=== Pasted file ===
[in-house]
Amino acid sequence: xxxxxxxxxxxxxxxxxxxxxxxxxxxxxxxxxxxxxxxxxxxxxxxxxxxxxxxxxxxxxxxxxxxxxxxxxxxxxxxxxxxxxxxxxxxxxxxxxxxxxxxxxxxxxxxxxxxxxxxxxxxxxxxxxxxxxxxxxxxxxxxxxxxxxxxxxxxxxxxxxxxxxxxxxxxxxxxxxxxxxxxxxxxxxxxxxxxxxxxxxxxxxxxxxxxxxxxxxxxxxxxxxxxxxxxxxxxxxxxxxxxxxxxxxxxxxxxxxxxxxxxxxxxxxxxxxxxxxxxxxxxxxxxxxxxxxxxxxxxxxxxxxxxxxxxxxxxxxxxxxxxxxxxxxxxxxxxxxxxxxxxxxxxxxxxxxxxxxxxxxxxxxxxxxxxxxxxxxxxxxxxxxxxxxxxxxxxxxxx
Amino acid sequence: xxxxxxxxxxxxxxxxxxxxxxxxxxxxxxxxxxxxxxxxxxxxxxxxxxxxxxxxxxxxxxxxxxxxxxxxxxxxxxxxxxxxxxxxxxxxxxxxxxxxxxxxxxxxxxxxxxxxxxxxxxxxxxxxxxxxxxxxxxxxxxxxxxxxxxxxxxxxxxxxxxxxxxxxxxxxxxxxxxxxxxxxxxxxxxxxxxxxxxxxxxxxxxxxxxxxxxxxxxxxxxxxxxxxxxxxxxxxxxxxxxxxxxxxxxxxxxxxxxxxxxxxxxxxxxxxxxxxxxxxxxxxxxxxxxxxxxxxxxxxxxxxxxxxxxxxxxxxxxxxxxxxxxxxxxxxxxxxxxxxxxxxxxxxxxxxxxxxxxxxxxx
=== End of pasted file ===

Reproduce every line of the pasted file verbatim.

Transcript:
[in-house]
Amino acid sequence: xxxxxxxxxxxxxxxxxxxxxxxxxxxxxxxxxxxxxxxxxxxxxxxxxxxxxxxxxxxxxxxxxxxxxxxxxxxxxxxxxxxxxxxxxxxxxxxxxxxxxxxxxxxxxxxxxxxxxxxxxxxxxxxxxxxxxxxxxxxxxxxxxxxxxxxxxxxxxxxxxxxxxxxxxxxxxxxxxxxxxxxxxxxxxxxxxxxxxxxxxxxxxxxxxxxxxxxxxxxxxxxxxxxxxxxxxxxxxxxxxxxxxxxxxxxxxxxxxxxxxxxxxxxxxxxxxxxxxxxxxxxxxxxxxxxxxxxxxxxxxxxxxxxxxxxxxxxxxxxxxxxxxxxxxxxxxxxxxxxxxxxxxxxxxxxxxxxxxxxxxxxxxxxxxxxxxxxxxxxxxxxxxxxxxxxxxxxxxxx
Amino acid sequence: xxxxxxxxxxxxxxxxxxxxxxxxxxxxxxxxxxxxxxxxxxxxxxxxxxxxxxxxxxxxxxxxxxxxxxxxxxxxxxxxxxxxxxxxxxxxxxxxxxxxxxxxxxxxxxxxxxxxxxxxxxxxxxxxxxxxxxxxxxxxxxxxxxxxxxxxxxxxxxxxxxxxxxxxxxxxxxxxxxxxxxxxxxxxxxxxxxxxxxxxxxxxxxxxxxxxxxxxxxxxxxxxxxxxxxxxxxxxxxxxxxxxxxxxxxxxxxxxxxxxxxxxxxxxxxxxxxxxxxxxxxxxxxxxxxxxxxxxxxxxxxxxxxxxxxxxxxxxxxxxxxxxxxxxxxxxxxxxxxxxxxxxxxxxxxxxxxxxxxxxxxx